Lucassen and Gifford’s effect system is a widely studied type-theoretic method to statically estimate program’s side effect. After Wadler’s seminal work on the unification of monadic types and effect annotations, the mathematical analysis of effect-annotated monadic types has been gradually emerged. In this lecture I will talk about one such analysis using graded monads. I first illustrate the concept of graded monad with examples, then present a denotational semantics of effect systems using graded monads.

Sam Lindley – Programming with algebraic effects and effect handlers


Links examples: links.tar.gz
Frank examples: frank.tar.gz

Plotkin and Pretnar’s handlers for algebraic effects support modular programming with effects. Algebraic effects define abstract interfaces for writing effectful programs and effect handlers are concrete implementations of such interfaces.

We introduce algebraic computations as computation trees and effect handlers as interpreters. We present effect handlers as a means for structured programming with delimited continuations. We exhibit examples ranging from the mathematical game of Nim to aspect-oriented programming to concurrent schedulers. These examples illustrate the modularity of effect handlers.

Paul-André Melliès – Resources and effects: a bifibrational approach

In these lectures, I will explain how to unify a number of fundamental concepts and tools related to resources and effects, using the mathematical notion of bifibration.

Ulrich Schöpp – Interaction Semantics and Programming Language Compilation
1st slide
2nd slide

Interaction semantics (Game Semantic, Geometry of Interaction) is an approach to programming language semantics that has produced precise models for many high-level languages. The central idea is to model program by simple dialogues between interacting entities. This idea can also give insight into the low-level implementation of high-level programming languages. If one lets low-level programs take the place of interactive entities, then semantic interpretation becomes low-level implementation. This lecture explains the organisation of low-level programs into interactive models, their structure, and how they can be used for the compilation of functional programming languages.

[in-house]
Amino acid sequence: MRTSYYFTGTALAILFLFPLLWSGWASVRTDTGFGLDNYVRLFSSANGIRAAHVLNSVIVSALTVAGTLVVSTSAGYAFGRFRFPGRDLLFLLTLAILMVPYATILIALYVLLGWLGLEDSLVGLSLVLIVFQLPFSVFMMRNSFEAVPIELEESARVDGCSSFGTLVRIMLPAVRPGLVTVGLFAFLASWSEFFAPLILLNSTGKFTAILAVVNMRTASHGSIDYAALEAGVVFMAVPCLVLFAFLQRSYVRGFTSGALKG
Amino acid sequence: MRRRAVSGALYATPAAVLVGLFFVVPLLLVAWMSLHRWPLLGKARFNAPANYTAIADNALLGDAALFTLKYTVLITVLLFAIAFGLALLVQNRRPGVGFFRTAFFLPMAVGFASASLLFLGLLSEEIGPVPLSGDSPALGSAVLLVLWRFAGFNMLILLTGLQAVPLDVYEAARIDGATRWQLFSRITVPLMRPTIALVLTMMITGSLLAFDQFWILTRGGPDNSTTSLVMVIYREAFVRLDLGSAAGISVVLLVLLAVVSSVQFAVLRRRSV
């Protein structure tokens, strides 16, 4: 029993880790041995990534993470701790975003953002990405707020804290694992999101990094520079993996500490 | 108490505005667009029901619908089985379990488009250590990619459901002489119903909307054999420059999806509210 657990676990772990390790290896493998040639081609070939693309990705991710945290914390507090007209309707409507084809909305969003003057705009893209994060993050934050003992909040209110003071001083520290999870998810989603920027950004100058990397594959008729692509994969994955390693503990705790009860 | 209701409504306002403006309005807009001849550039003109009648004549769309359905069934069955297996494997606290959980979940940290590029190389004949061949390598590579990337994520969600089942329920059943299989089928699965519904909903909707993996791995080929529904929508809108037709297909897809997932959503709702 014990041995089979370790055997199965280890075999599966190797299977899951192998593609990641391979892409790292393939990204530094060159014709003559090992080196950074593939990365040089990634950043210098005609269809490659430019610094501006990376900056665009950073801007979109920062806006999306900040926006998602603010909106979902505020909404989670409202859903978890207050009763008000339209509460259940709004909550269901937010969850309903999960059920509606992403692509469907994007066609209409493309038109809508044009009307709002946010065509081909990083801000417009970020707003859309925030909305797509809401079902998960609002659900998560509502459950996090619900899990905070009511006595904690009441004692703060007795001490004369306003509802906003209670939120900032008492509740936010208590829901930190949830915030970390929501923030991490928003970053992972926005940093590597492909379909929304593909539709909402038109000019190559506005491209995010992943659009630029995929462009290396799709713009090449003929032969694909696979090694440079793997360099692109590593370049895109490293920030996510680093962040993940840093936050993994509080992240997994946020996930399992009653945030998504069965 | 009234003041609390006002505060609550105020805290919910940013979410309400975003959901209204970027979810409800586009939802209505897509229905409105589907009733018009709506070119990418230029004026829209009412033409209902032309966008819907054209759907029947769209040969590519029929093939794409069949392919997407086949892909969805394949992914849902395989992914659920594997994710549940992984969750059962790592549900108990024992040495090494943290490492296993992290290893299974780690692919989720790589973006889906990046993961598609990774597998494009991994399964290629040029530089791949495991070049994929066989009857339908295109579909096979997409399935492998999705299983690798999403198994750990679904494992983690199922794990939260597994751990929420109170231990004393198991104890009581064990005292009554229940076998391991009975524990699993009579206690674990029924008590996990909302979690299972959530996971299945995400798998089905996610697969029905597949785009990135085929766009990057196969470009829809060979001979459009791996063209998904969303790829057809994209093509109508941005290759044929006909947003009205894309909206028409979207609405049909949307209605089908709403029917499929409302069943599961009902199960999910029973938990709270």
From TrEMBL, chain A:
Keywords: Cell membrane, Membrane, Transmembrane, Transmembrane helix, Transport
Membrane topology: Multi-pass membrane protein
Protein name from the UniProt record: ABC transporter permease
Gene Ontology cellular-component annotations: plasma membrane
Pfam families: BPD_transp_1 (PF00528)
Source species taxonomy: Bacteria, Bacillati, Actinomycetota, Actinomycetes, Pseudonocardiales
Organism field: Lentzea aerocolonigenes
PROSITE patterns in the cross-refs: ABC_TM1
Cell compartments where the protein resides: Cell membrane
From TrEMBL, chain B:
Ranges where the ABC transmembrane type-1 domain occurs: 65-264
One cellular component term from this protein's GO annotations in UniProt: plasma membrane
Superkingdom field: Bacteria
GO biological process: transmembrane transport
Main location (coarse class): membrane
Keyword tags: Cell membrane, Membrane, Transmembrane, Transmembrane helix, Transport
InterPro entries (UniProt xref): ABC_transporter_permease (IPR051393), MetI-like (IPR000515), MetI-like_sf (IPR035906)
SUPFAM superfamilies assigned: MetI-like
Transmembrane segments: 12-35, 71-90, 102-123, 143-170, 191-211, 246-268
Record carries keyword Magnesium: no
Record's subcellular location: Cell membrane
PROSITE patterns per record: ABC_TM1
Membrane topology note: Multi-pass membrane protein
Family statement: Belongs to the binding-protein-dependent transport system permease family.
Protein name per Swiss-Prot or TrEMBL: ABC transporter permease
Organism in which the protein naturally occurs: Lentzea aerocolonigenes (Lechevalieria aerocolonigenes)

Niki Vazou – Liquid Types for Haskell

Haskell’s type system allows developers to specify and verify a variety of program properties at compile time. However, many properties are impossible, or at the very least, cumbersome to encode within Haskell’s type system.

Liquid types enable the specification and verification of value-dependent properties by extending Haskell’s type system with logical predicates drawn from efficiently decidable logics.

In this talk, we present an overview of LiquidHaskell, a liquid type checker for Haskell. In particular, we will describe the kinds of properties that can be checked, ranging from generic requirements like totality and termination, to application specific concerns like memory safety, data structure correctness invariants, and effectfull computations.



The participation fee including full board, meeting fees and applicable taxes is 12,500 JPY per day.

  • Participants need to share a twin room (two participants per room).
  • Excursion fee, around 5,000 JPY, is not included in the participation fee.
  • NII Shonan School will NOT support travel for any participants.

We suggest students to bring their own personal computer at the School.